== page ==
I'm wondering about the project as it relates to the instrumental grime scene, which both producers are closely associated with despite the fact that their music seems to skirt the edges of that sound. Miles has always stated in interviews that he sees everything he makes as grime, no matter how far removed from the envelope. So is it all to do with the context, and is there a line when it becomes not grime?
M: "I'm not really that stuck on genres. It's just a standard answer that feels embedded in me when people ask what I make. Grime is what I know, and what I've been making since I was a kid. Music changes, and I don't have an opinion on whether people decide to call it a different genre or whatever, they can call it what they like. I never try to make grime... I never try to make anything, I just make it, and grime is a label that I'm happy to be around."
What about the EP artwork? Courtesy of talented designer Rachel Noble, whose work you'll recognise from Local Action, Lit City Trax, Astral Black, and loads of other labels.
J: "We were very specific... in our heads we knew exactly how we wanted it to turn out. We developed it over quite a long time and it went through various ideas, and eventually it came out fucking amazing. Big up Rachel, she's very very good. And yeah, a lot of her work taps into a digital sort of aesthetic, and this felt very different, but she just rose to the challenge. We wanted it to be peeking into a dream world. It's a bit mystical and, without actually saying what they are, it captured a lot of the concepts we were thinking about while putting the EP together."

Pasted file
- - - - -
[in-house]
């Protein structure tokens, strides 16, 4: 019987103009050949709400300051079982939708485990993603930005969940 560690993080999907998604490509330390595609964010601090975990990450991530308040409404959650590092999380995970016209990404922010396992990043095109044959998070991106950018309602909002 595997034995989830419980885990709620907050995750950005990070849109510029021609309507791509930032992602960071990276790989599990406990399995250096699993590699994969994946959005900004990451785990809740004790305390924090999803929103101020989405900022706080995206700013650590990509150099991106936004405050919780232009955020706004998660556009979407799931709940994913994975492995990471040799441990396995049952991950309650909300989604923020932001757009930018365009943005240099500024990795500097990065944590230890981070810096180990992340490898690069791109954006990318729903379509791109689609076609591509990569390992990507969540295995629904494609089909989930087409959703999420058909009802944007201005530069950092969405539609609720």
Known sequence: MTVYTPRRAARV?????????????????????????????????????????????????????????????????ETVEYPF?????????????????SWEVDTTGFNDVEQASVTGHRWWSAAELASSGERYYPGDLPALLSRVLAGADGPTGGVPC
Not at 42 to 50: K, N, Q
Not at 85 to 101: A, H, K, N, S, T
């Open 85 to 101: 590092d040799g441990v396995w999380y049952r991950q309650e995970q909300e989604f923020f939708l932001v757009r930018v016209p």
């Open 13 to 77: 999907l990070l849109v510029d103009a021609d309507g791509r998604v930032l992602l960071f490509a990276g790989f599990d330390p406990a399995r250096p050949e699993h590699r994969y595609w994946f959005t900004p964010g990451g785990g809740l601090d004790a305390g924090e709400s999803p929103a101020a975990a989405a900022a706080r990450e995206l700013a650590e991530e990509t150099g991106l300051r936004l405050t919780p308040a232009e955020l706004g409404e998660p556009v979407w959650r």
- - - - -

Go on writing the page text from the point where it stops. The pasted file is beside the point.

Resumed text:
Talk drifts to the pair's other projects - specifically their forthcoming solo albums. Yamaneko's is all wrapped and coming out on Local Action in a couple of months ("another winter album, always seems to work that way"). Unsurprisingly, given that he has such a firm grip what he wants his music to sound like, it's rooted in a lot of the same ideas as Pixel Wave Embrace, although "less instantly welcoming... a little bleaker and darker."
Mr. Mitch's is almost done and should be coming out sometime in 2017, but there's also the matter of his own imprint, Gobstopper. It's been relatively inactive this year, bar a pair of stellar EPs from Loom and Odeko that present very different facets of the label's output. Miles admits that he's found it very hard to find music that he likes enough to put out, although he does now have the next (super secret) release lined up.
"I get sent a lot of material, and most of it sounds exactly like stuff I've already put out. That's not what I'm looking for. But I mean, I used to do it myself - everything I made back in 2009 was me trying to put out more stuff on Butterz, so it was tailored to their sound."
How did you manage to make that jump from making music for other people to making music for yourself?
"Boxed was the catalyst for it; a space where we could just play music, however weird it was, and people would be there to appreciate it. Wherever it's dark and there's a good system and people willing to come down, we're happy."
Very much in the spirit of FWD>> then. Miles has also got a hand in the label arm of Boxed - now on its third v/a 12" - where it's all about community spirit and the aim is "just to support producers that we're into and keep bringing new names through while supporting the established ones."
You can catch Mr. Mitch and Yamaneko at Peckham's Bussey Building next month, playing b2b sets with JD. Reid and India Jordan respectively. Oh, and then there's the rest of the lineup - Mumdance, Marcus Nasty, UNiiQU3, Sir Spyro, Spooky, Teki Latex, Riz La Teef and a dozen other DJs from the Boxed and Local Action camps and beyond. Miles says they wanted it to feel like an old school rave lineup, and it's certainly stacked... so yeah, I'll let you salivate over that.
Yaroze Dream Suite is out now on Local Action, order it here.
Boxed x Local Action takes place 4th Nov at the Bussey Building, tickets available here.